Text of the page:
few in the crevices of my packed freezer. They take less space than the baked bread. Good idea!

        1. I throw my brown bananas in the freezer all the time. Then I pull them out to make what I want. They are good for many things other than banana bread. I use them mashed in oatmeal instead of sugar, and I have a great no flour cookie recipe that I use them for also.

    2. One word for ya, “Naner Pudding” Maybe if you have a dehydrator you can have nanar chips, Possible that great New Orleans dessert Nanar’s Foster.

      1. Thanks! I never thought of pudding and it does sound yummy. I’ve been intrigues by Bananas Foster for years, and have clipped recipes, but never tried it. Maybe now’s the time?

  7. When I saw that photo, I said to myself, Where’s the cornbread?
    As for teen rebellion…I’ll almost bet you wish home schooling was still in the picture. I hope he gets his act together soon, for everyone’s mental and physical health. When kids start doing the things you’ve mentioned, tea leaves might be useful in finding your pot liquor.
    Hang in there!

  8. I’m backed up by a bunch of woods, so anything I want to “share” goes out there and disappears magically.

    The local raccoons etc. are very efficient at keeping the area clean.

    1. That’s an interesting plan, Sue, but I’m determined not to attract local bears to our yard. Our “woods” is just a nieghbor’s vacant yard.

  9. I can share the pain of teenage years with you. One does great, the other is a rebel. But, they both are in their 40s now with grown and almost grown kids and even some grandkids.:) (Don’t tell them but, I put the mothers curse on them when they were young. You know the one of “Hope your kids are twice as bad as you were”?) What makes it all worth while is the day one of them says “mom, how in the world did you do it?”. You might have to wait until their kids are teens but, it will come about. You have raised them right as seen by the others actions.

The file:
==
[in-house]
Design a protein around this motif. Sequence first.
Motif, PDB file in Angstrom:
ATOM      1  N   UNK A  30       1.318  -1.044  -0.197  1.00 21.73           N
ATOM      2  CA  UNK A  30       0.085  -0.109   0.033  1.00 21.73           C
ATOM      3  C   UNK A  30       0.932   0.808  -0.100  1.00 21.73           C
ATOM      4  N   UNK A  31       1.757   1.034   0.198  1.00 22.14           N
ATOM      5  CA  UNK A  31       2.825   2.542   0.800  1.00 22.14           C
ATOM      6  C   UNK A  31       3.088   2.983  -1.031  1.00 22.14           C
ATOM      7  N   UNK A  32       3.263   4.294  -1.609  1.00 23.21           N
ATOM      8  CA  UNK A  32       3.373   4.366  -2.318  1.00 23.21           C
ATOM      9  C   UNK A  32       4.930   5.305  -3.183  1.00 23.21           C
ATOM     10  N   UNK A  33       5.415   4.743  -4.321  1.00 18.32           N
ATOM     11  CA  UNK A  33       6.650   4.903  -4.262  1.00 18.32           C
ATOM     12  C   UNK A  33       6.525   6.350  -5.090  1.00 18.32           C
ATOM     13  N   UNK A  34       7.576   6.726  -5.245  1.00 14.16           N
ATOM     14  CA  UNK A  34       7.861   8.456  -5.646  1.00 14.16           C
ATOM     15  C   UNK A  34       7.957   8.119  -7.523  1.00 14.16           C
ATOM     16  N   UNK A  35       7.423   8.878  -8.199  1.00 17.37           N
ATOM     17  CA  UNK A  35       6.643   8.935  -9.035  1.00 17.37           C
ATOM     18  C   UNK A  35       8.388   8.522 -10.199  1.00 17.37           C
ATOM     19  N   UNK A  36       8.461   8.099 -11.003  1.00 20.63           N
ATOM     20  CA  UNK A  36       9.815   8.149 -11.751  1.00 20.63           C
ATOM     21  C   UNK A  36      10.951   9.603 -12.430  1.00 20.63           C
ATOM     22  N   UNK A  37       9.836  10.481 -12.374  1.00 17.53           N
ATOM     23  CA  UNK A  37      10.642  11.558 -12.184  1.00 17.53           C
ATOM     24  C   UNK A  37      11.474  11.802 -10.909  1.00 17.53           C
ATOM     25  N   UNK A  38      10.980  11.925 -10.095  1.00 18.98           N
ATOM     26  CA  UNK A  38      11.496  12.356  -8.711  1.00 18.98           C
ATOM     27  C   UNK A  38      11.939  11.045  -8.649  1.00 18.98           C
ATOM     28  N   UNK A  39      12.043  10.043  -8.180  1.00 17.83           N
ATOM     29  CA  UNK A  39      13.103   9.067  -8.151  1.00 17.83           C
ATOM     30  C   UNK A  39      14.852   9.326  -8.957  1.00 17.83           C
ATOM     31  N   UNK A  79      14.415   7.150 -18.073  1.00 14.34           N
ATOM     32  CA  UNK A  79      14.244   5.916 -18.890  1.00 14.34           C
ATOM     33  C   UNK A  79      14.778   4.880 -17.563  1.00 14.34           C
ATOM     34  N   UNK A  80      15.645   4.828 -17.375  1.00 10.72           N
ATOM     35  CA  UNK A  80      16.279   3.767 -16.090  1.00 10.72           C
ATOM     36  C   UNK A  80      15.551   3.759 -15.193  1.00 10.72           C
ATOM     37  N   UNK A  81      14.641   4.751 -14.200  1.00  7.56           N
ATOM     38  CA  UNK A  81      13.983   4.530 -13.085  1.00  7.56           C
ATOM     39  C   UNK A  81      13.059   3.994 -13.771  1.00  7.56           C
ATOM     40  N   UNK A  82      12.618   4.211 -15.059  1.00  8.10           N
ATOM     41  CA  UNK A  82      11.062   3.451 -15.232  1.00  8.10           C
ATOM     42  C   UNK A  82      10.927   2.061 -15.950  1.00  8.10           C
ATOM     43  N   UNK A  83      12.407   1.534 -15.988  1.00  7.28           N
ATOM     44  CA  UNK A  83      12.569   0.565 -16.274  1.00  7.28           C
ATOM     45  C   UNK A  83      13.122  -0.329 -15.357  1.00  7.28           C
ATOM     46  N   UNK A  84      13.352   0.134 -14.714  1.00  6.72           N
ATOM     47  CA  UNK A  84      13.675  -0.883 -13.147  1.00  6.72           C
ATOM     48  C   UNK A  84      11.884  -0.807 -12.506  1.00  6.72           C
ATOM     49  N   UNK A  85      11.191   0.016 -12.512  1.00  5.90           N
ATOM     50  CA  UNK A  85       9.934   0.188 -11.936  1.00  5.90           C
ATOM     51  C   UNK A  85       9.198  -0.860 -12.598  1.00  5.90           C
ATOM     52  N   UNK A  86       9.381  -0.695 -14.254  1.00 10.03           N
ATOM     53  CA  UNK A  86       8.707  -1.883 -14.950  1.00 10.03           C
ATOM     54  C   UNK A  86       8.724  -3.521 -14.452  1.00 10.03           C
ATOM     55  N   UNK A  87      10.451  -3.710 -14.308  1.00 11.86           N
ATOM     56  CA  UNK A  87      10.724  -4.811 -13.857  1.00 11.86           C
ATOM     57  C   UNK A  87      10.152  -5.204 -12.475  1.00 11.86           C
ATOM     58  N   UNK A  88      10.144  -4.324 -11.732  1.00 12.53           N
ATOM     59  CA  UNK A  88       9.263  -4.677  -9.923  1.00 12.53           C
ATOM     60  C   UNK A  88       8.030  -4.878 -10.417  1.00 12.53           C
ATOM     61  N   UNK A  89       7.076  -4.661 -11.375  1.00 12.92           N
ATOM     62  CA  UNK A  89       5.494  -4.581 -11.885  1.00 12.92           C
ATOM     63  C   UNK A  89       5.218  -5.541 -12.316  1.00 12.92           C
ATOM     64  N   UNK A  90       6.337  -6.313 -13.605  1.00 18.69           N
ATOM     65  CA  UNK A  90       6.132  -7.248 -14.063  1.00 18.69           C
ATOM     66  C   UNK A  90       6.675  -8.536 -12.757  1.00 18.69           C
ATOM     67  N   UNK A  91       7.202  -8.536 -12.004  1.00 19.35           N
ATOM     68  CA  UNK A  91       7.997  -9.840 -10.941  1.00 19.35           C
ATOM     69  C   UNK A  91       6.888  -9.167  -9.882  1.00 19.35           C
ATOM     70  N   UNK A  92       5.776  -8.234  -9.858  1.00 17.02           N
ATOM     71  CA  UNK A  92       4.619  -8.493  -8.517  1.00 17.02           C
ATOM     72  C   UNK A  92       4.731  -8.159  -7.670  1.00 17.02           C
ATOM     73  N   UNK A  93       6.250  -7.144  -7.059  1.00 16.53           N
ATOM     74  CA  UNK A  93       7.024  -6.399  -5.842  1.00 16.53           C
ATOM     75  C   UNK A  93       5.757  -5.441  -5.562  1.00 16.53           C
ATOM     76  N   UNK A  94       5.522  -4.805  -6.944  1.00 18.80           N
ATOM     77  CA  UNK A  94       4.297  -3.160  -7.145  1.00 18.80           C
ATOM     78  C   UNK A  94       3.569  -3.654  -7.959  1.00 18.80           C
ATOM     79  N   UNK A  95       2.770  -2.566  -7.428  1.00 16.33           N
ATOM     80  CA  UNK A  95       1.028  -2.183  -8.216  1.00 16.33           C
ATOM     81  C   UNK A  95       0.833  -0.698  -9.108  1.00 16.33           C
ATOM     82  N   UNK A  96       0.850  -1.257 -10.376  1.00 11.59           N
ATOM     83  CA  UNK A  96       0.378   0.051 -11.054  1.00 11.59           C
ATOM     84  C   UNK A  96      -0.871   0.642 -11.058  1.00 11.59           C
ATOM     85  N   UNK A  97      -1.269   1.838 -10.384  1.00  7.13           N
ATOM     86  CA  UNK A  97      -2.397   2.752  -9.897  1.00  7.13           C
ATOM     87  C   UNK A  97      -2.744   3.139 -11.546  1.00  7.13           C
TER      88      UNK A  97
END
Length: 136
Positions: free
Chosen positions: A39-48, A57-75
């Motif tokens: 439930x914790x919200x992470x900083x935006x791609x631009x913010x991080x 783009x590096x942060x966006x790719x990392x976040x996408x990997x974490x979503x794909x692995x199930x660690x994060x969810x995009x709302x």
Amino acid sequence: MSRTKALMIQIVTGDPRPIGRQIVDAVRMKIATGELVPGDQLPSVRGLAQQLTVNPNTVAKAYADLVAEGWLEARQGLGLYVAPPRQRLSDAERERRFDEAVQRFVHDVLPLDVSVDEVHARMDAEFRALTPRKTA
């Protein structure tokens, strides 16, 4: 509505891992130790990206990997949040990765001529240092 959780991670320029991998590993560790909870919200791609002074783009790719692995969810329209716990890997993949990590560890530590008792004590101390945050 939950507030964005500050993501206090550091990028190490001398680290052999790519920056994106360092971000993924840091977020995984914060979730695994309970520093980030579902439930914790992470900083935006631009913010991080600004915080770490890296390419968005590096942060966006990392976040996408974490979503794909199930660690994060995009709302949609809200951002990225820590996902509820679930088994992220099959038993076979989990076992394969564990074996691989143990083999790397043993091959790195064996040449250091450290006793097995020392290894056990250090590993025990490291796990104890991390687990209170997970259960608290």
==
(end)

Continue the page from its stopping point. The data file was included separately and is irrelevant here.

And on the lighter side, stock up on hair coloring. Raising rebels will turn the hair whiter than snow. I can guarantee that. And, a good, thick, soft pillow is so helpful. I kept one in the bedroom that I punched the crap out of when my kids drove me to the snapping point. The doc said it was the best thing I could do to help my stress level.

    1. I know what you say is true, because my three adult children have already “risen up a blessed me” (Proverbs 31), but they didn’t rebel or struggle as hard as this one is. Oh yes, I know all about the grey hair, honey! But I’m not so sure about a punching pillow. Maybe I’ll have to try that free therapy some day! Thanks, Cammy.

  10. Oh, my gosh. I feel terrible. When you made some references to all this on my blog, I was sure you were joking – and that you mostly were talking about the frustrations of dealing with the school system. I just couldn’t conceive that you might be talking about this sweet, wonderful kid who gets along so well with everyone – including his mama.

    So. Sorry for that sort of flippant retort. Now, back to the issue at hand. I went to sleep thinking about it, and woke up thinking about it. Not having raised a single child, I’m a little handicapped in this area, but there was a time in my life when I was him – so that does give me a little knowledge about how a rebellious jerk can be transformed into a passable adult. 😉